Keratinocytes are the major cellular component of epidermis, and they have several critical roles in the wound healing process. They are involved in the intricate mechanisms of initiation, maintenance, and completion of wound healing. The properties of keratinocytes vary depending upon their location and circumstances within chronic wounds. Keratinocytes at the non-healing edges of chronic wounds differ from normal, healthy keratinocytes. The cross-talk between healthy keratinocytes and other cell types participating in wound healing is critical for successful wound closure. This discovery provides the biological foundation for debridement: Removing "bad" cells from a quiescent wound edge and exposing or even replacing them with "healthy" cells with a high regenerative potential can enhance epithelialization and healing of chronic wounds. This paper will review the biological and pathological properties of keratinocytes as they relate to wound healing, and the ways in which they may provide highly efficacious therapy for patients with chronic wounds.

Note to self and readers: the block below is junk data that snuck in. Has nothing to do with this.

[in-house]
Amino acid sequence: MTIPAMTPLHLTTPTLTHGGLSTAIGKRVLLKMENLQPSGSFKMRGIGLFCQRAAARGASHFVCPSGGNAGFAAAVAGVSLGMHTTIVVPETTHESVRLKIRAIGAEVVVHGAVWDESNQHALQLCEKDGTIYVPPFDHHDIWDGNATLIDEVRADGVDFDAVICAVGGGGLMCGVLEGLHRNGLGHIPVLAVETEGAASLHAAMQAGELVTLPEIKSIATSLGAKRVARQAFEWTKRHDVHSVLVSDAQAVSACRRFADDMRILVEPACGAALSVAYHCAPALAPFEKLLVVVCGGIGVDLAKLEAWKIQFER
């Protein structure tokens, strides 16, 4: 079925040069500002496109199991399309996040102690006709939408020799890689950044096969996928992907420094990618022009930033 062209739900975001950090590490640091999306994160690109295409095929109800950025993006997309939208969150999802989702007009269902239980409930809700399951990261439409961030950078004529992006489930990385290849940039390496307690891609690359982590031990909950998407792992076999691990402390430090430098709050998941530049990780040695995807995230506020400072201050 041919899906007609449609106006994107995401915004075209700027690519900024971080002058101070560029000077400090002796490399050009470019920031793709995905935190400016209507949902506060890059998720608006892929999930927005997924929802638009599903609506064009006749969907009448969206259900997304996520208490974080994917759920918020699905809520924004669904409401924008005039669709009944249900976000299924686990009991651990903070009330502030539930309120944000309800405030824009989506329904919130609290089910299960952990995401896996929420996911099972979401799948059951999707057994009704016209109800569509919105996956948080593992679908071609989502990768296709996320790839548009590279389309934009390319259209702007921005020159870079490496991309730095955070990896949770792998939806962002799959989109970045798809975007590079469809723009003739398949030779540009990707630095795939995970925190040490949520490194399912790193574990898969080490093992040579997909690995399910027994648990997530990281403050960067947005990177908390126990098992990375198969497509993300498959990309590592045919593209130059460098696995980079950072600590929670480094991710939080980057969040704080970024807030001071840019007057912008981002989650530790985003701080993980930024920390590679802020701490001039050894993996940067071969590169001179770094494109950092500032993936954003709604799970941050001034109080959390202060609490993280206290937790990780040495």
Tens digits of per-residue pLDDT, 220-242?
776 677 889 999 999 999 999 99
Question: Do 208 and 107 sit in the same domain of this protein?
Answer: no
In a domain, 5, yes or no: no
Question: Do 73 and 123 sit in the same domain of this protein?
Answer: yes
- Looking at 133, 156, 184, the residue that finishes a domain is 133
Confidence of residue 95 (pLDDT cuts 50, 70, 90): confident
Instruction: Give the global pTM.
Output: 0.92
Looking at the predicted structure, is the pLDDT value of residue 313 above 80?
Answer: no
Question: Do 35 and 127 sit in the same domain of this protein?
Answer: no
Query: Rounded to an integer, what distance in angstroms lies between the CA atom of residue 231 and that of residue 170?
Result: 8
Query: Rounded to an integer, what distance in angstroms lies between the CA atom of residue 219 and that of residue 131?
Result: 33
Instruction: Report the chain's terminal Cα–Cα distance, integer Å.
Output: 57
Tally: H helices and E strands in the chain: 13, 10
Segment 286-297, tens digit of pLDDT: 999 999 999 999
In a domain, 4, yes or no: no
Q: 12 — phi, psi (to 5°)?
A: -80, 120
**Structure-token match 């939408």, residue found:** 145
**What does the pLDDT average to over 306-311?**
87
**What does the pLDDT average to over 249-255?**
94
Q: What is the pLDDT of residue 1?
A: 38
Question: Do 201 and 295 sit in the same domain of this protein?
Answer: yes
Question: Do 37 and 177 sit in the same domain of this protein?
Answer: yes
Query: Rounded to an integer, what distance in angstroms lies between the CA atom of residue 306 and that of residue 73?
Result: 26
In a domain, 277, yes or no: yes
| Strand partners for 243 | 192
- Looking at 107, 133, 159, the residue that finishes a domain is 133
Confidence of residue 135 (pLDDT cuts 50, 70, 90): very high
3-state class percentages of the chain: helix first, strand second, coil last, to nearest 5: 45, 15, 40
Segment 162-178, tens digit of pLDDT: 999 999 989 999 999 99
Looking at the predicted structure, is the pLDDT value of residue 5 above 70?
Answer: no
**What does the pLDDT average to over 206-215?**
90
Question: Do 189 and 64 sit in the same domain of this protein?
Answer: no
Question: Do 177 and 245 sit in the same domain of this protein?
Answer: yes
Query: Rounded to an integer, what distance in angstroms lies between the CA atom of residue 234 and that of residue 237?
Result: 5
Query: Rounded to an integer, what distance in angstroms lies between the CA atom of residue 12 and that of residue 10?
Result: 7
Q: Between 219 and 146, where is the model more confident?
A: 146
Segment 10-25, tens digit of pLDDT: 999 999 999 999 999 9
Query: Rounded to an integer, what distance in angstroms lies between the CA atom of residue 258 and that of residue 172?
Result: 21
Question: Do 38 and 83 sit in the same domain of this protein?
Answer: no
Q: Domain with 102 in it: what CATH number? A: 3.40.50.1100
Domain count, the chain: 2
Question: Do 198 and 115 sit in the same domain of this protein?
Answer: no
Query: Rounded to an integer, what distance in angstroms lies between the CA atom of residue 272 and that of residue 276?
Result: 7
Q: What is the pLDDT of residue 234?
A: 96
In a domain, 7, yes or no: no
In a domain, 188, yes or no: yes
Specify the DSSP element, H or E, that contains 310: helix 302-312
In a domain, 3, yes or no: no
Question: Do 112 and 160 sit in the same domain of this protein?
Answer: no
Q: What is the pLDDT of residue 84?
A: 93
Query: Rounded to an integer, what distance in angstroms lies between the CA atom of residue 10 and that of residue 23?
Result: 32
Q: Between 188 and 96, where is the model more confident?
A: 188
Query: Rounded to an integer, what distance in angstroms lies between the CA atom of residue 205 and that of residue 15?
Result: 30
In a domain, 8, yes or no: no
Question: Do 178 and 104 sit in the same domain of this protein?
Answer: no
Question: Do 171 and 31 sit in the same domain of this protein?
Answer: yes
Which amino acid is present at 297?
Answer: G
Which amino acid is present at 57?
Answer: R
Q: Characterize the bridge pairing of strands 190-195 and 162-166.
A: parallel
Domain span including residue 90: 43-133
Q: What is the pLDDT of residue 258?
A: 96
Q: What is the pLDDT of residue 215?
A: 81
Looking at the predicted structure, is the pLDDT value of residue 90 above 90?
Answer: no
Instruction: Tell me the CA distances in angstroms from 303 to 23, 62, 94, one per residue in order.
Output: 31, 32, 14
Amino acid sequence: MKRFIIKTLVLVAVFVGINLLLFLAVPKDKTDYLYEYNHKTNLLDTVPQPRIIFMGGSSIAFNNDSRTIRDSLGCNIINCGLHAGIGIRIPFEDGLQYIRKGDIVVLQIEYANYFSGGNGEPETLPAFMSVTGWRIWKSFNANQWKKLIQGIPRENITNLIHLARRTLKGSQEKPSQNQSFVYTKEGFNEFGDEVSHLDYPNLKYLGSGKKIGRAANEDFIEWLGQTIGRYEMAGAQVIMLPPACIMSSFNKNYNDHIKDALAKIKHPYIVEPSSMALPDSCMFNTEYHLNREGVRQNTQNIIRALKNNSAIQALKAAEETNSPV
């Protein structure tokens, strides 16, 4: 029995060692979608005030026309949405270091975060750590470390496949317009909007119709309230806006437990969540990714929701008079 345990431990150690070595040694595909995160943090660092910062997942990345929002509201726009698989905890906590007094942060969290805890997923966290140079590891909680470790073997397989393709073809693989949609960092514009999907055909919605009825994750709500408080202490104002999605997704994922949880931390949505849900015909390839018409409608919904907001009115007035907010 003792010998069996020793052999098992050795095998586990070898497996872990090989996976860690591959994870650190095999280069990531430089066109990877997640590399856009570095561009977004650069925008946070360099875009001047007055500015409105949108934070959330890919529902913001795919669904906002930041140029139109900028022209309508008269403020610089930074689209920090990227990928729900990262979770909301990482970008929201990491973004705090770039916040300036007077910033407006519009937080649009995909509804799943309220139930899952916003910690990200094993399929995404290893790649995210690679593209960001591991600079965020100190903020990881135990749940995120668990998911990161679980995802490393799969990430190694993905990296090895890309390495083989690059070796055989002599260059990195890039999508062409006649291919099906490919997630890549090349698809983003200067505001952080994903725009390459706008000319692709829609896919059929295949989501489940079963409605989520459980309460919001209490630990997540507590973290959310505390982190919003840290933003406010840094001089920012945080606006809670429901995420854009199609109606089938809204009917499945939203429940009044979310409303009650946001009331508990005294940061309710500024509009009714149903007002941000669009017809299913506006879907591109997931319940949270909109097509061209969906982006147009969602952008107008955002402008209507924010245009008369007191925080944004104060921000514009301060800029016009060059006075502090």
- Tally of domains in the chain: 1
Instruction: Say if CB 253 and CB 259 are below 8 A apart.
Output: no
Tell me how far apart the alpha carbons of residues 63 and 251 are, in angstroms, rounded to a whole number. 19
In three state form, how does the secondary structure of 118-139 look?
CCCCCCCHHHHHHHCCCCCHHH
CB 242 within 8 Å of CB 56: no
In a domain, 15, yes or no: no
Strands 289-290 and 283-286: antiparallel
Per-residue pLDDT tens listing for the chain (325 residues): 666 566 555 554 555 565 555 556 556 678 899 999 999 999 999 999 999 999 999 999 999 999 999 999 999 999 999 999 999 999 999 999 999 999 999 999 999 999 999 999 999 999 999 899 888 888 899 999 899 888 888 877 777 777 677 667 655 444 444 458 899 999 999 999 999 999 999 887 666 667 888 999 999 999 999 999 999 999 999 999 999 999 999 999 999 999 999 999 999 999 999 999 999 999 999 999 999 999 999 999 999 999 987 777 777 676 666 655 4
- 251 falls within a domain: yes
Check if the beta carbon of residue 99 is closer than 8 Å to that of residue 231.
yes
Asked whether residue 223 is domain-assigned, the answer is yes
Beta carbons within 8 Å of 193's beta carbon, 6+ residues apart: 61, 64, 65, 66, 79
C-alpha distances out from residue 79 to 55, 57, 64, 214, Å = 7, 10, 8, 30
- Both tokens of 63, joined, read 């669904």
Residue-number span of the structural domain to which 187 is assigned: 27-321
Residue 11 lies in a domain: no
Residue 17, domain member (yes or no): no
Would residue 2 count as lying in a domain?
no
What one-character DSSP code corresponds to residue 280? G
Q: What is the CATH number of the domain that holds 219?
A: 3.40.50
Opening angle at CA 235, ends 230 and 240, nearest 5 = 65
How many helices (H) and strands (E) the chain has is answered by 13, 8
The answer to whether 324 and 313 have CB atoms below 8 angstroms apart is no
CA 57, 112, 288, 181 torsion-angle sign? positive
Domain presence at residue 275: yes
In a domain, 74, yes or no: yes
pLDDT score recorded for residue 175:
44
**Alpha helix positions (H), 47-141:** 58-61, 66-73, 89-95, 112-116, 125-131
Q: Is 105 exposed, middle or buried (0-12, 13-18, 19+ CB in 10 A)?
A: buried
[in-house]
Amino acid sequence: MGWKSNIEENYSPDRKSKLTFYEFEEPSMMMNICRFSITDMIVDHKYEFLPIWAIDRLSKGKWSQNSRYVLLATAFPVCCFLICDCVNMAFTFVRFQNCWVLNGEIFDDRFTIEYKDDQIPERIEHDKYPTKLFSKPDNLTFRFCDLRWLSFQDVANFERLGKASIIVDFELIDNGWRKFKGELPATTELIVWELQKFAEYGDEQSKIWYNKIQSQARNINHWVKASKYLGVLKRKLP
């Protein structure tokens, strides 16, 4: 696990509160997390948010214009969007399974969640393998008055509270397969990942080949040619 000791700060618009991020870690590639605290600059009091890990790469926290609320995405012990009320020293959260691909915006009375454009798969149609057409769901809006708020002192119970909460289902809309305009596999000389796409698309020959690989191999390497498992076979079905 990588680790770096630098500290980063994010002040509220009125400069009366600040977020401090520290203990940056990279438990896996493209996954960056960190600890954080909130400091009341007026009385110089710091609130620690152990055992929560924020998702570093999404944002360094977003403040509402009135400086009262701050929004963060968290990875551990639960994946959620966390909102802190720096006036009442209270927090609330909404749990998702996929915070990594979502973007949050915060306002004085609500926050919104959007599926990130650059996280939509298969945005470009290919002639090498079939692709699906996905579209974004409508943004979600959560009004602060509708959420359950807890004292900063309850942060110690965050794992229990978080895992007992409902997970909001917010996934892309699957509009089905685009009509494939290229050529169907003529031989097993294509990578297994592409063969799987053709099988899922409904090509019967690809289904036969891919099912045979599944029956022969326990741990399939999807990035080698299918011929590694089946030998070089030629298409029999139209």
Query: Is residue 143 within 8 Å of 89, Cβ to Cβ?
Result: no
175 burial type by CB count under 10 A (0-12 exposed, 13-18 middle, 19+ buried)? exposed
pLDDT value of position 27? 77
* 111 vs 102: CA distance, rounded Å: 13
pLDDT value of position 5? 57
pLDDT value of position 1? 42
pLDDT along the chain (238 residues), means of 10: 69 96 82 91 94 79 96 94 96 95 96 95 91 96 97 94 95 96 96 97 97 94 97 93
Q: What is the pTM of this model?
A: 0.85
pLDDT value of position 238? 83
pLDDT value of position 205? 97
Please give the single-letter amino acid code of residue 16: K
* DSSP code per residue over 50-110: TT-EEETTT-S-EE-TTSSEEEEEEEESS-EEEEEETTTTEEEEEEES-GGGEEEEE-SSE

|Original language||English (US)|
|Number of pages||8|
|Journal||Surgical technology international|
|State||Published - 2008|
ASJC Scopus subject areas